Amazon started as online book store and has grown to be the worlds largest online retailer.
Can you afford not to engage with Amazon?
If you listen to many retailers and of course President Trump, you’d think that Amazon ruled the world of retail and already had everything sewn up. That isn’t actually the case, but retailers still need to consider how they are going to engage with Amazon and what is in their best interests.
Amazon do have a market share close to 50% of ecommerce spend in the US. That’s massive, especially when compared to eBay who grab about 6% or 7% of online spend in the US. But, Amazon sell perhaps $200 billion online whereas Walmart, the giant off US retail, sell over $380 billion in the US. Where Walmart lose is that they only sell around $11.5 billion online in the US.
Amazon sell just over half what Walmart do but Amazon are growing rapidly but their real share of US retail is only about 5% (still massive, but certainly not a monopoly). Online it’s a different story and Amazon have such a lead on Walmart it may be unassailable.
With Amazon’s dominance online, retailers need to decide if they need to engage with Amazon or if they can operate without Amazon. A new paper from Wunderman Commerce suggests that there are three routes to market for brands and retailers to consider, and two of those channels are relatively new.
There is the traditional retailer channel with multiple retail outlets and of course online commerce. There’s direct to consumer (D2C) sales which some manufacturers and brands are exploring but may cannibalise retail channels unless separate product lines are created for D2C sales. And then there’s Amazon which is too big to ignore but equally can be considered as too big to want to engage with.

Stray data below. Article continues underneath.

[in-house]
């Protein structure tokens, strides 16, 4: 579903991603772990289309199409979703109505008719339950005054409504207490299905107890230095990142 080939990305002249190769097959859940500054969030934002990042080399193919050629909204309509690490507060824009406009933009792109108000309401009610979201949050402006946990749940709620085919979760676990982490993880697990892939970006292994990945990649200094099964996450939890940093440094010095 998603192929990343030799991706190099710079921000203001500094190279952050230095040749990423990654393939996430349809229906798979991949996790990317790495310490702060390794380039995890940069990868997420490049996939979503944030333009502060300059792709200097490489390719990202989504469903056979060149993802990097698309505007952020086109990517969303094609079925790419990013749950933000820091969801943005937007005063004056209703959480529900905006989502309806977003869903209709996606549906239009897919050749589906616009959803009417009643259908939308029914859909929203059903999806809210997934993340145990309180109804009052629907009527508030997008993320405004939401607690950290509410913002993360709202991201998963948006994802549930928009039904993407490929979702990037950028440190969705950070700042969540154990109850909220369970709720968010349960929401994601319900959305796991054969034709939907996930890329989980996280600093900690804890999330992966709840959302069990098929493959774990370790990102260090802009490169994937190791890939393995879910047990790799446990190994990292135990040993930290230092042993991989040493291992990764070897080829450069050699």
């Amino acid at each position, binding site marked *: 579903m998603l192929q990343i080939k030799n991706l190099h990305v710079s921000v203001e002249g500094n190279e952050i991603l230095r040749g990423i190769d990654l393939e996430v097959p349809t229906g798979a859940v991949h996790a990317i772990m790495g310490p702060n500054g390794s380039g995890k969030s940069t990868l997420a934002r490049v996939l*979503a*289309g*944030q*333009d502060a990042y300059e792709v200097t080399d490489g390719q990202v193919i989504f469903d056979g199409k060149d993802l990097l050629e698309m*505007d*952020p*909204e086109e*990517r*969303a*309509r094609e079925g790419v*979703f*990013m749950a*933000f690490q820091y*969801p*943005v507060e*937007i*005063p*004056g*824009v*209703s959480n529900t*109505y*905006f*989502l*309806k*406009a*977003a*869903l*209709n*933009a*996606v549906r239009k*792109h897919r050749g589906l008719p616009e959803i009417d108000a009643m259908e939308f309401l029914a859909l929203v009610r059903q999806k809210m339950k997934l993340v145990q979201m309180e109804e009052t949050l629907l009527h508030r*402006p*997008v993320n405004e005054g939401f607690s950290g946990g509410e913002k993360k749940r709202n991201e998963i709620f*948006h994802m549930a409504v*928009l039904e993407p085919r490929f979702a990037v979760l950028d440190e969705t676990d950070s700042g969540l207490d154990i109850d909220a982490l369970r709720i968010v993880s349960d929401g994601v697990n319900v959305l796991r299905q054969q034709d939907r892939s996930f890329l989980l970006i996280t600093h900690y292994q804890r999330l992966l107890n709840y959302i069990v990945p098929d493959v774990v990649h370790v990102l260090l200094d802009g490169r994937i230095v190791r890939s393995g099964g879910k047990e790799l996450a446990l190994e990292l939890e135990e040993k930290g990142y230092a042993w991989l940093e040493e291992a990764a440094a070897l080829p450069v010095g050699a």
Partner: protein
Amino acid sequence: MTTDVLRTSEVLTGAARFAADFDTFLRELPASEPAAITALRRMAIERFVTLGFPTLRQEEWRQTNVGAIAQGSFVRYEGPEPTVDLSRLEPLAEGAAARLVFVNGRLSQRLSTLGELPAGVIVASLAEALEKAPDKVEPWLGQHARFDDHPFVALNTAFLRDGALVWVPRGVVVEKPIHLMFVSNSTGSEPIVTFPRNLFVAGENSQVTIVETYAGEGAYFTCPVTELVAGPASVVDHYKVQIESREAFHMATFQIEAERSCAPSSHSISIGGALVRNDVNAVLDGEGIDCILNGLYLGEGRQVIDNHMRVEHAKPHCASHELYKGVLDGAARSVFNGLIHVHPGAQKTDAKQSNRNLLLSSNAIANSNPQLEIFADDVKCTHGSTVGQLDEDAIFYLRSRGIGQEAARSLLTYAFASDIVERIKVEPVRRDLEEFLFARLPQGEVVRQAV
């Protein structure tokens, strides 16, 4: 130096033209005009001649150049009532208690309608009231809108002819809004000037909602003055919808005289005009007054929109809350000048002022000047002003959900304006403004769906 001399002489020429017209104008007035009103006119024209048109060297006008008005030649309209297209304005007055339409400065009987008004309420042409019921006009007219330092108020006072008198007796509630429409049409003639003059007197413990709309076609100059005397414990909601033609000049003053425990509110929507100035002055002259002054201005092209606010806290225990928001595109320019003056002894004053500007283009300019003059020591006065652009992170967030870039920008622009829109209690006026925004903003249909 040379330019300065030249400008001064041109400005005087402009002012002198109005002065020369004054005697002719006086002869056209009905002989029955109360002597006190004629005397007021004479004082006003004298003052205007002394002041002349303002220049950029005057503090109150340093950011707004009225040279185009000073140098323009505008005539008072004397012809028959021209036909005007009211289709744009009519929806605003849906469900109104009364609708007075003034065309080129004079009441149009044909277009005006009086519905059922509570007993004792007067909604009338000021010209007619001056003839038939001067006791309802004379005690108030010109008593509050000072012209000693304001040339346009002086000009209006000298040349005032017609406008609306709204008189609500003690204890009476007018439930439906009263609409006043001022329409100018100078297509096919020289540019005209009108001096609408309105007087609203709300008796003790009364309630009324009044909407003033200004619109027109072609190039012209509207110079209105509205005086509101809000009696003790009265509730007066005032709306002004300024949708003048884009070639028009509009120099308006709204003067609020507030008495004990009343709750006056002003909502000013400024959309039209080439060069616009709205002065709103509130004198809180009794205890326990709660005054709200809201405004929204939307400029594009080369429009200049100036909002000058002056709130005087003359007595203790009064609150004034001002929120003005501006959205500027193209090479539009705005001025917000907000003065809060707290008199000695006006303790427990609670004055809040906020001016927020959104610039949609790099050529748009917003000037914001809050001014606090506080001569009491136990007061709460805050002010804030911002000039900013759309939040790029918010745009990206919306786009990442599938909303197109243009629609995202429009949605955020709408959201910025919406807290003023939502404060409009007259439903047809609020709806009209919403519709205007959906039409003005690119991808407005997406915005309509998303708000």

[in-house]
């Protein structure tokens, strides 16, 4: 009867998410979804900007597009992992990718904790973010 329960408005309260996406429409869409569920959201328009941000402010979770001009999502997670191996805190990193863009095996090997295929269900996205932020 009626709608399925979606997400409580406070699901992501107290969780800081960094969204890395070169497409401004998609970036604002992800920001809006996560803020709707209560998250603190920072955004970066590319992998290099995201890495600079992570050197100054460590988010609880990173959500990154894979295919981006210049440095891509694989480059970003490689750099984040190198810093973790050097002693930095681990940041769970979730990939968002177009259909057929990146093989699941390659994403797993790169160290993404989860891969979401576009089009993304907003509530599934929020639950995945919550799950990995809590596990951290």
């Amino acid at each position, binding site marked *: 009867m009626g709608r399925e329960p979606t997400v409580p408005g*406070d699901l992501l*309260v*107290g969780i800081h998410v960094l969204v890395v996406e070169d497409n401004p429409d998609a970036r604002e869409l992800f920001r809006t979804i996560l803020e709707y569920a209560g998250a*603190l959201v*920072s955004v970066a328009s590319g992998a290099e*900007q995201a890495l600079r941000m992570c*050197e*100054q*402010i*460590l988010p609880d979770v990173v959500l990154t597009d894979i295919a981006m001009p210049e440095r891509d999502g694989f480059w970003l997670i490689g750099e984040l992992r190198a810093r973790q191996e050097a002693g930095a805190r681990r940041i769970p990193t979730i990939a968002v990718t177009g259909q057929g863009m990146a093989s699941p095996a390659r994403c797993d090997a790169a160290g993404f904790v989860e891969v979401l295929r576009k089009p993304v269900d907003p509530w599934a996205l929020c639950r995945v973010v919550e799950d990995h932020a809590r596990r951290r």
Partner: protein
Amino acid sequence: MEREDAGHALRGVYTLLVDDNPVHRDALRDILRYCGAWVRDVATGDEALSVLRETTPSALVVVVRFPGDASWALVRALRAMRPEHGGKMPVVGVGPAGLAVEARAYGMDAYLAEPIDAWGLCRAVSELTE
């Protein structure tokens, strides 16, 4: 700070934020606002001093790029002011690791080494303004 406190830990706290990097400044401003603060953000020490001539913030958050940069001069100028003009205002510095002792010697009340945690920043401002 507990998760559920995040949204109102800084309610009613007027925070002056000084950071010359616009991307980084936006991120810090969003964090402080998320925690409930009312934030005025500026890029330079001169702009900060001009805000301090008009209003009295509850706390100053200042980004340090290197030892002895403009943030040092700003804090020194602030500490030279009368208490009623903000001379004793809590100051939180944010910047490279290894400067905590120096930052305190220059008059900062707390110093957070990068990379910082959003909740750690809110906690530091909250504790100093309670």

One interesting point that Wunderman Commerce cite is the relatively recent withdrawal from Amazon by US retailer Birkenstock. Before the announcement that the US-based shoe company was delisting its products from Amazon, the company had about four listings for the Birkenstock “Arizona”. After the announcement, there were more than 440 offers on Amazon so by withdrawing from the marketplace they ended up with even less control as to how their products were being sold.
Wunderman Commerce argue that a balanced ecommerce strategy means being on Amazon as well as making full use of other channels, collaborating and competing. Working with Amazon allows you to reach a large proportion of digital buyers all in one place, build your brand, quickly build revenue, and benefit from Amazon’s market leading expertise on customer experience, loyalty and revenue.
Collaborating and competing with Amazon is the way forward. It may be tough to retain control on Amazon whether you’re acting as a vendor or a merchant, but only if you engage with Amazon can you retain control of your listings and your brand experience on Amazon.
Well we have not sold anything thing on Amazon now for 8 months since we pulled all our offers.
Am not daft enough to say we will never trade on Amazon again, but I will not be told I have to (everyone seems to gasp when they I say I do not sell on Amazon this year)…
Even I thought we would go scurrying back, especially with the decline in eBay however we still are doing OK, and margins are way up as we are actually controlling our business and costs. Don’t get me wrong we have had to replace the shortfalls but have so far on more niche sites.
All we were doing on Amazon was chasing pennies anyway. Our accountant split up our various sales channels and both Amazon (by a distance) and eBay offered the worst bang for our buck…